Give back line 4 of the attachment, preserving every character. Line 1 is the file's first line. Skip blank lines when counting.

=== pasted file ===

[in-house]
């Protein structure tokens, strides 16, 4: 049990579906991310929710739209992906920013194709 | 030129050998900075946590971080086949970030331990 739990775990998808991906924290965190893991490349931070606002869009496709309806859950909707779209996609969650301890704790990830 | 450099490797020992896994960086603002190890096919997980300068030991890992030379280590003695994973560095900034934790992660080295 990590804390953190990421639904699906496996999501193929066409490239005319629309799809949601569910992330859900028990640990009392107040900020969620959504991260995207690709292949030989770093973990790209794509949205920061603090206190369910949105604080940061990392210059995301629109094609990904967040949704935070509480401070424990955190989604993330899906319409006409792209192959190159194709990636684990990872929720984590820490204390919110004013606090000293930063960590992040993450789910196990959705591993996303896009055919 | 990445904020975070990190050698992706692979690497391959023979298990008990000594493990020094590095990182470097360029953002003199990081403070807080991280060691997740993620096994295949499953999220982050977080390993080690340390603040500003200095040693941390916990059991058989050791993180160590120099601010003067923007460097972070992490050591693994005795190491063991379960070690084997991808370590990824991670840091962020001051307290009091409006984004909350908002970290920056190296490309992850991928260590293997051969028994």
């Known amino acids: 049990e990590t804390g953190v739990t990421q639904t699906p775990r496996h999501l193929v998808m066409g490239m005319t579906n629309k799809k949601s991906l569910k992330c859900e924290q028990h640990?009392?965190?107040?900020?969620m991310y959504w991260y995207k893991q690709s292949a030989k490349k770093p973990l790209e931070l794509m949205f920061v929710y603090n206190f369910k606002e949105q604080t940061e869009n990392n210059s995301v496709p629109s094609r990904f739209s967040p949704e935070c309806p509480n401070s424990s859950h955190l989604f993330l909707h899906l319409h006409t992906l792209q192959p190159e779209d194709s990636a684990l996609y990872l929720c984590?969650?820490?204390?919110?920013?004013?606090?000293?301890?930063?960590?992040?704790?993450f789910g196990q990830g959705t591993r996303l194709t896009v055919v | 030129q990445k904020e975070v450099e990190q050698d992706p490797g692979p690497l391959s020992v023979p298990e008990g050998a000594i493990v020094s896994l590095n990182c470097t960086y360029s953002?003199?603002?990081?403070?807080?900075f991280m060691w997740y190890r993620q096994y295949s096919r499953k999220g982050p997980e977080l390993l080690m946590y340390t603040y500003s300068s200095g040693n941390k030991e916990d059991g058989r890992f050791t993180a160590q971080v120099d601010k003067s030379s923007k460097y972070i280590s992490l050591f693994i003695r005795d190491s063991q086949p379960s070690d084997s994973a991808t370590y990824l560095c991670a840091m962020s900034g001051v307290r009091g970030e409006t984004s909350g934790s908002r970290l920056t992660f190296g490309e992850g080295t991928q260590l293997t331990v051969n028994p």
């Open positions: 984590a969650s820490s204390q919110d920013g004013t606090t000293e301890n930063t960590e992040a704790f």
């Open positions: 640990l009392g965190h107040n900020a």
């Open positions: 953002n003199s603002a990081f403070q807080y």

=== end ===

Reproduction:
């Open positions: 984590a969650s820490s204390q919110d920013g004013t606090t000293e301890n930063t960590e992040a704790f």